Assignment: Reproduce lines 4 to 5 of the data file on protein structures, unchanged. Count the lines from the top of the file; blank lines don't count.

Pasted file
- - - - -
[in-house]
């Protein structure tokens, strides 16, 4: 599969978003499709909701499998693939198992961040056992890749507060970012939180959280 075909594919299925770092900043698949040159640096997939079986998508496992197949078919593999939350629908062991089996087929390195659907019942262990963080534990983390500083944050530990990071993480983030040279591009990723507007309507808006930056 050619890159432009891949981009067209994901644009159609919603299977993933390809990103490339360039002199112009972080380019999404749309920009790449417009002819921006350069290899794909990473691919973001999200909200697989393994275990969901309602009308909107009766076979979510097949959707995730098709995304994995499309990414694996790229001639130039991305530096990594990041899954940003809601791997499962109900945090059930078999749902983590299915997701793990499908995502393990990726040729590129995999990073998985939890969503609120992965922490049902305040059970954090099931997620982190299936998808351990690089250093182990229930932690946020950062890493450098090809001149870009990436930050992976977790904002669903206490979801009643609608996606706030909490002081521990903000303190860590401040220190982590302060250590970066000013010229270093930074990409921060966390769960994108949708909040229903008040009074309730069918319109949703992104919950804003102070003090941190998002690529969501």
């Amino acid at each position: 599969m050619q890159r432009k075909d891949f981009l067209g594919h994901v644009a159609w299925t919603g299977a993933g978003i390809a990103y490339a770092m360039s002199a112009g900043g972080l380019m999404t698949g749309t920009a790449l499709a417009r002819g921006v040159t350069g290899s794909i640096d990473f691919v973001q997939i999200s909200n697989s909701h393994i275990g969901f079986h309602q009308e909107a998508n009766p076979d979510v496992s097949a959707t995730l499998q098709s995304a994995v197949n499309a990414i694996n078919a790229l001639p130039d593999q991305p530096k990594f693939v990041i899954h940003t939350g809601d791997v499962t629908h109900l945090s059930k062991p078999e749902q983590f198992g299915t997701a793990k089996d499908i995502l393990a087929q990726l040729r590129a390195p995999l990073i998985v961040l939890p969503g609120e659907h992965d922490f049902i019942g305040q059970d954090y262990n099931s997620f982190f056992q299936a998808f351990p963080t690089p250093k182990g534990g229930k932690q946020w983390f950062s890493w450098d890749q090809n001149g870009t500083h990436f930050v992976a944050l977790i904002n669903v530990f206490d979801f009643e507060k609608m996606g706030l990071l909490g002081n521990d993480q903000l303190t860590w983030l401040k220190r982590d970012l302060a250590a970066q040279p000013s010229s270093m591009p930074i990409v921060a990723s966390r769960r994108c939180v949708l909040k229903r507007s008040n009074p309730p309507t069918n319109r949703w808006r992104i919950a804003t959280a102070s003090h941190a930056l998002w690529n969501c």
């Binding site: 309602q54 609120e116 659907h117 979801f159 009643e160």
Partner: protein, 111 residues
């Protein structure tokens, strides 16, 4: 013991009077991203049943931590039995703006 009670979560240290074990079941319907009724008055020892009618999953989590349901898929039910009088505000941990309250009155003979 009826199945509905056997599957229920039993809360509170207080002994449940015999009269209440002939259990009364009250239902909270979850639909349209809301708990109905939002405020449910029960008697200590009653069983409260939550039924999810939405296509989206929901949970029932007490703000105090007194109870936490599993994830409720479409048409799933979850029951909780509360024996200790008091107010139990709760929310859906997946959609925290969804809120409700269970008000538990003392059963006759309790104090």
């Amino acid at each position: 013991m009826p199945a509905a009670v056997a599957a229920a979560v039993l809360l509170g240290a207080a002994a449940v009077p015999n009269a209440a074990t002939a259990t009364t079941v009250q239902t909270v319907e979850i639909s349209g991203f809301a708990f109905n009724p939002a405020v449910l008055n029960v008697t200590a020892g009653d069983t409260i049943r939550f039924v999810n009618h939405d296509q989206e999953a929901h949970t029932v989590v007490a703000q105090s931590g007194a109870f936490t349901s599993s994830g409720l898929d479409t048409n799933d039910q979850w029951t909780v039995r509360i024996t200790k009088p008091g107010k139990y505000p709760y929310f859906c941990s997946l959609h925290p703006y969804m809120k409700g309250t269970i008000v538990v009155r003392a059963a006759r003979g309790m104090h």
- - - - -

């Binding site: 309602q54 609120e116 659907h117 979801f159 009643e160």
Partner: protein, 111 residues